sailpoker, that was my point that they say a vessel must be registered in order to fly a Canadian flag but they do not specify what kind of vessel. I mean it is not clear whether it applies to all vessels or not and whether pleasure craft is included or not. Therefore, if you can point me to the source that says that I don't need a registration to fly the flag, please post it here.
 

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And an aside. Pleasure craft are not required to fly their national flag while sailing in their home waters. As soon as you "go foreign" you have to fly your national ensign (or allowable substitute).
 

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"As soon as you "go foreign" you have to fly your national ensign (or allowable substitute)."

HAVE TO? Maybe if you and your boat are Canadian, we Yankees suffer no such "Have to" laws.
 

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Lets make it more interesting (and probably typical). So what if you have a passport from one country, live in another country and are planning to buy a boat from another country and then go cruising?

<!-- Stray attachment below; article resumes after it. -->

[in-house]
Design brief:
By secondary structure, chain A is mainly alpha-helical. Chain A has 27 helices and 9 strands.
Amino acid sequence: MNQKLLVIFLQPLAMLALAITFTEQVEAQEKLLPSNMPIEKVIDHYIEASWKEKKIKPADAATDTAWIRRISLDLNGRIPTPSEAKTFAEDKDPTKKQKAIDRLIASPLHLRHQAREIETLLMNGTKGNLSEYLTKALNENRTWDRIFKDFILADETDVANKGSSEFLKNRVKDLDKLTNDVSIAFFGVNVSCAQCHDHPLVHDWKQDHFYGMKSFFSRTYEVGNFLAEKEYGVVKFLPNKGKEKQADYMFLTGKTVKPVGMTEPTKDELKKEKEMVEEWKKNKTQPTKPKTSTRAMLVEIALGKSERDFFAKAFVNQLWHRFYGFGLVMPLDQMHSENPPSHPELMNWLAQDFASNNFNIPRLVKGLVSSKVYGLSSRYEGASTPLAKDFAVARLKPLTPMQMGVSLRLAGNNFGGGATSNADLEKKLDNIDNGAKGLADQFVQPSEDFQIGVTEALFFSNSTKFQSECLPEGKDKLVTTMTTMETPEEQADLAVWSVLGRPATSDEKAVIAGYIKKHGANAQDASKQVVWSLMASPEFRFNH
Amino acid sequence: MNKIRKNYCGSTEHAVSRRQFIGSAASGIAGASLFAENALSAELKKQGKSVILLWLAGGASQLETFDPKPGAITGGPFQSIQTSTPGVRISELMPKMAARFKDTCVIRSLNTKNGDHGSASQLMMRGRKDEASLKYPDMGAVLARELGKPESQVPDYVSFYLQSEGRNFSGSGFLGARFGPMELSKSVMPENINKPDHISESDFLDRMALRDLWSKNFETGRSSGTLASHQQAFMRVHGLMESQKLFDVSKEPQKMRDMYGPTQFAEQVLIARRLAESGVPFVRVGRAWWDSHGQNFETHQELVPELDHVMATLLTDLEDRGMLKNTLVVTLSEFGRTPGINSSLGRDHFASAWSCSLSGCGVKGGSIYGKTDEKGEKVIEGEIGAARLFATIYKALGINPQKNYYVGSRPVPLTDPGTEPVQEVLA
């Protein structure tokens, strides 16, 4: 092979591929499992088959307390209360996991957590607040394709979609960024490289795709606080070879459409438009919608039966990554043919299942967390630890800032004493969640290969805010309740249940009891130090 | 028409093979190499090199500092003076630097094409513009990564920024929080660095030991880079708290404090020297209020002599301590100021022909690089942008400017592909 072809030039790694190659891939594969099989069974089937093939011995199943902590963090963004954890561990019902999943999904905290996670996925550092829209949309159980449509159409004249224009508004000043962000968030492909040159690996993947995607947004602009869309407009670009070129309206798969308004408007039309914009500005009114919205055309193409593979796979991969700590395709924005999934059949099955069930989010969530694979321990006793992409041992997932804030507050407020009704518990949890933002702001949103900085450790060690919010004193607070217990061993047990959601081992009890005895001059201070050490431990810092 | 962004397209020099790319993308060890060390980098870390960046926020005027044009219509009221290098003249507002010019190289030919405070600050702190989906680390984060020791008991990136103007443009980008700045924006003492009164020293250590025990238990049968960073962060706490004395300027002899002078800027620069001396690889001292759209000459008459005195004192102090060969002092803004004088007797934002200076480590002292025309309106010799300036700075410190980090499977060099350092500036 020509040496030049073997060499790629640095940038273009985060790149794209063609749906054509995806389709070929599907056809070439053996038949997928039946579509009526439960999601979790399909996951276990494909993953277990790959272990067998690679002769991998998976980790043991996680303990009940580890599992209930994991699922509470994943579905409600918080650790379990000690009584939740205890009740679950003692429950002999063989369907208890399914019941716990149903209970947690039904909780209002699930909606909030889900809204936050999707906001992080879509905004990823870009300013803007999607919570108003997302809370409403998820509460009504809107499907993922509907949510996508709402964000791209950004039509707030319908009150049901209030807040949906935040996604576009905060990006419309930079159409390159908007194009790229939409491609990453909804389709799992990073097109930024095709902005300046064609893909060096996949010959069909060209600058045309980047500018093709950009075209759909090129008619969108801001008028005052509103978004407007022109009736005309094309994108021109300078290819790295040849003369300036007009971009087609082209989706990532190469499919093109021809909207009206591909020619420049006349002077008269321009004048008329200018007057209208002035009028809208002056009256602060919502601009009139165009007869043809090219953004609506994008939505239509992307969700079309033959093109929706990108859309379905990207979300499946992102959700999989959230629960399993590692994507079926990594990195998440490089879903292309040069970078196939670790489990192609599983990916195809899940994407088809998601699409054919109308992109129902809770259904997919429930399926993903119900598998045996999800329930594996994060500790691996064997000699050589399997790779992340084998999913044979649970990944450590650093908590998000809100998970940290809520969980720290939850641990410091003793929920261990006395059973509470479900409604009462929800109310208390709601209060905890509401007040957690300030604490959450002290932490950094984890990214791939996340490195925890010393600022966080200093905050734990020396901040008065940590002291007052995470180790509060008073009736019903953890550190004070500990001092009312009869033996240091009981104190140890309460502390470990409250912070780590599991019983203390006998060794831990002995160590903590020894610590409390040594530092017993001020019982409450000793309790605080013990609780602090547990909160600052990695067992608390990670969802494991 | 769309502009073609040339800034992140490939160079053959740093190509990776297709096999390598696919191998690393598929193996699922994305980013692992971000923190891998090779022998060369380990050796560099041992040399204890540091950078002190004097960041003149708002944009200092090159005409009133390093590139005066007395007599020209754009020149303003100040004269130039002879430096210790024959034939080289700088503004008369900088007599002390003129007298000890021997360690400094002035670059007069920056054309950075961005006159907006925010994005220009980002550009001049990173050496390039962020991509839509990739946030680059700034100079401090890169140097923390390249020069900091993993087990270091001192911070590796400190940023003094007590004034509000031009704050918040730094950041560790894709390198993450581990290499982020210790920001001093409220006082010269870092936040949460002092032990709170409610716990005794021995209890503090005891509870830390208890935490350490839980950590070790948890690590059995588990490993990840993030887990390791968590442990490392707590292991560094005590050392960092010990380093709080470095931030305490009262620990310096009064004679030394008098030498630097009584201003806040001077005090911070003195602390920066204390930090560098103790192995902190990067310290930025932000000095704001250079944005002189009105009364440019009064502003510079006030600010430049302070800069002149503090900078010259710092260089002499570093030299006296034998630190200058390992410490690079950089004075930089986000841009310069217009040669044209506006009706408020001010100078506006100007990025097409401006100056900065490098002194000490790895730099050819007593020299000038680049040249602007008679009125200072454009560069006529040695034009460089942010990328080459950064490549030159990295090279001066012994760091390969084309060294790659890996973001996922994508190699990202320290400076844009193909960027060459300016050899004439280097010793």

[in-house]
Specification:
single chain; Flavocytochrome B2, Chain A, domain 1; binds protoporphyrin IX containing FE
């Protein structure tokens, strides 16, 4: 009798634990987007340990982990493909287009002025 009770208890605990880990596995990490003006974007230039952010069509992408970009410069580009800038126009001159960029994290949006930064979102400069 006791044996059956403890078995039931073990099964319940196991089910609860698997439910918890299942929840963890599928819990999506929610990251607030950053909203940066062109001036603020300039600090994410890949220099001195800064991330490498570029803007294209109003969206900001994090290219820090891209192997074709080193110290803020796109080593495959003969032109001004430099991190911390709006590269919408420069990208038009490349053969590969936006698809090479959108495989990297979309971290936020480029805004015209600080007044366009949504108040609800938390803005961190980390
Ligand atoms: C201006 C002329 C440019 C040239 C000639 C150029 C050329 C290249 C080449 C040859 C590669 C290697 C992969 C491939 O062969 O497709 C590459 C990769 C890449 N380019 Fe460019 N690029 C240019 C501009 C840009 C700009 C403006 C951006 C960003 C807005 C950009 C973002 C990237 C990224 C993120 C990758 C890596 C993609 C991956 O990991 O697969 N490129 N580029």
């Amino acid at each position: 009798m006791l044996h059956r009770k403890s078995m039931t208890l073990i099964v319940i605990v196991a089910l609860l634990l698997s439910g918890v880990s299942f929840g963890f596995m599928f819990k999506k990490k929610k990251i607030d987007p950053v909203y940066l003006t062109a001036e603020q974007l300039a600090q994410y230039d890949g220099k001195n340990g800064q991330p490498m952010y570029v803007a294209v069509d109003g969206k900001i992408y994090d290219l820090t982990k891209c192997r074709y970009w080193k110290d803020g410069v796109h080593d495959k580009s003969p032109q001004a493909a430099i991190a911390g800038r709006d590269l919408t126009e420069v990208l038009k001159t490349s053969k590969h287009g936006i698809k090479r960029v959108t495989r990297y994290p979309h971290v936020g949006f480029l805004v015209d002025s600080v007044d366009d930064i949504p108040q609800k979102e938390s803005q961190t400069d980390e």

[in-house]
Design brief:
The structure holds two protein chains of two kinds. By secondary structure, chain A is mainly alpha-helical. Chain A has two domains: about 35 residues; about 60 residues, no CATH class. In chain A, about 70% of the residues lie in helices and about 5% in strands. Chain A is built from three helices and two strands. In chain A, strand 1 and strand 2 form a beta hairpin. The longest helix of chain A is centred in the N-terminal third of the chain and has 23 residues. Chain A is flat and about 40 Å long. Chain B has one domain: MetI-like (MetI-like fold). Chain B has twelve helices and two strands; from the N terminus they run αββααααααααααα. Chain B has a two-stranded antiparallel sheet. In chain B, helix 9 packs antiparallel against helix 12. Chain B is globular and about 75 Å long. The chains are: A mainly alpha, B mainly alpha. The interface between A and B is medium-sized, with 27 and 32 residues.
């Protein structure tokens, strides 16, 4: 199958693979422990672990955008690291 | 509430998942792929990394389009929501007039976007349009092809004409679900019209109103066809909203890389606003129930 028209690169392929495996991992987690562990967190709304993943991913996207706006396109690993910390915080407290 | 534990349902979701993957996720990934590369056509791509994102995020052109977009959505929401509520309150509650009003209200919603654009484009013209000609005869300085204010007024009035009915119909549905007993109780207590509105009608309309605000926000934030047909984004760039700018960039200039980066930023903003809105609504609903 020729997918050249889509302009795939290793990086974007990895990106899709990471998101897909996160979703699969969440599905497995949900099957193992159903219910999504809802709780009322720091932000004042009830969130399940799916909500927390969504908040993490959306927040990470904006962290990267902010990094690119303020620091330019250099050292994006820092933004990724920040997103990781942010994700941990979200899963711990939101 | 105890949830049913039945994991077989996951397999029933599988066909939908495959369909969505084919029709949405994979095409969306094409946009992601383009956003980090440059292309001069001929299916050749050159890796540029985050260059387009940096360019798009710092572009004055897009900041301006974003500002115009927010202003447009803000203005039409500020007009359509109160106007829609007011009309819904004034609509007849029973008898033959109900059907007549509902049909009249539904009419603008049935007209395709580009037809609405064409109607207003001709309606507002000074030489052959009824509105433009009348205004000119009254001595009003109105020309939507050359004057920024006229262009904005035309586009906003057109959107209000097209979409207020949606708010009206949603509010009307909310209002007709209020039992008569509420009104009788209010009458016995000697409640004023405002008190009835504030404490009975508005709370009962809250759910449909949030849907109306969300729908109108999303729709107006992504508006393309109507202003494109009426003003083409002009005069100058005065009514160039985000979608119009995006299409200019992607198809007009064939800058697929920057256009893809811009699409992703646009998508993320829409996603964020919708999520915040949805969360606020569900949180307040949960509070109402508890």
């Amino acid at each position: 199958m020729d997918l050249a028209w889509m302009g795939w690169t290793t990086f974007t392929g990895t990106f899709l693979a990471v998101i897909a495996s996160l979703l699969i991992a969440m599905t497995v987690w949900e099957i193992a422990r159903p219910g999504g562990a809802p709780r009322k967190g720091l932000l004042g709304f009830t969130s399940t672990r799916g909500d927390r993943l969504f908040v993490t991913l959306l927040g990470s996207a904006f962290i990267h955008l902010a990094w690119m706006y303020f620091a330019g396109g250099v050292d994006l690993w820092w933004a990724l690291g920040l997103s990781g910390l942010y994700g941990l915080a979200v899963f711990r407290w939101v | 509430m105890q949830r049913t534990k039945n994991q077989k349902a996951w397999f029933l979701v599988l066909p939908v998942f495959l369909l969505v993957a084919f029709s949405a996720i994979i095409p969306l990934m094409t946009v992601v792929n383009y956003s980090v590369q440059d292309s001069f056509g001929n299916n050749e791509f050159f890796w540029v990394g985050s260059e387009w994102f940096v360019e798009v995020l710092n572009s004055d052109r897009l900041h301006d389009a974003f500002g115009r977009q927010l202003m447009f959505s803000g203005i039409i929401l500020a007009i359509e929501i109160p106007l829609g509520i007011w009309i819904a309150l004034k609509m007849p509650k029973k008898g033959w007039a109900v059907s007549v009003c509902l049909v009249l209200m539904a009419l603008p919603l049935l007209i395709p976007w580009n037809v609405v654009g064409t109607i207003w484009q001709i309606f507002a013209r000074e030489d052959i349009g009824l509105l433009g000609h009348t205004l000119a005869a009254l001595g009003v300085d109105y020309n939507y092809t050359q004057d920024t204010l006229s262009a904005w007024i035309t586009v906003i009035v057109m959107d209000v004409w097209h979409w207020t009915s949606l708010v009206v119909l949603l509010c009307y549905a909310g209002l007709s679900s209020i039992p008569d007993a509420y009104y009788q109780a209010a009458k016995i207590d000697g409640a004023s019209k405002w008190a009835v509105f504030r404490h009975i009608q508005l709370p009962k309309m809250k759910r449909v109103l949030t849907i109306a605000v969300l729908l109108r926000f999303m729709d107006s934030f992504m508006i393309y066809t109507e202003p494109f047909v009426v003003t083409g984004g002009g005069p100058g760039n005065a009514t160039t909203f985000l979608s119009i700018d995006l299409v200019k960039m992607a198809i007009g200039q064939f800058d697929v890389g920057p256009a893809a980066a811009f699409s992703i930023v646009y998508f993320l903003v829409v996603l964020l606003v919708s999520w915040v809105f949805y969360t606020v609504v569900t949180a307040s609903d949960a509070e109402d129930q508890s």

For instance, lets say you are Canadian, living in Japan, planning on buying a Fountaine from France and plan to sail around the world (picking up the boat in France or having it sailed out to Japan for your departure)

Do you fly a Canadian flag? A Japanese flag (as that is where you were resident even though you are now on your way out for an extended abscence) or a French one as that is where you picked the boat up from? Where would you register/license this boat, Canada, Japan, France, nowhere?
 

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"So what if "
There's an old joke about zoo animals on a train traveling from here to there...and the question at the end is "What color were the zoo keeper's eyes?" Which is given at the start but most people forget it assuming it won't be relevant.
Same thing with your question, if you know who flies a flag and why, all the rest is irrelevant background noise. Doesn't change a thing.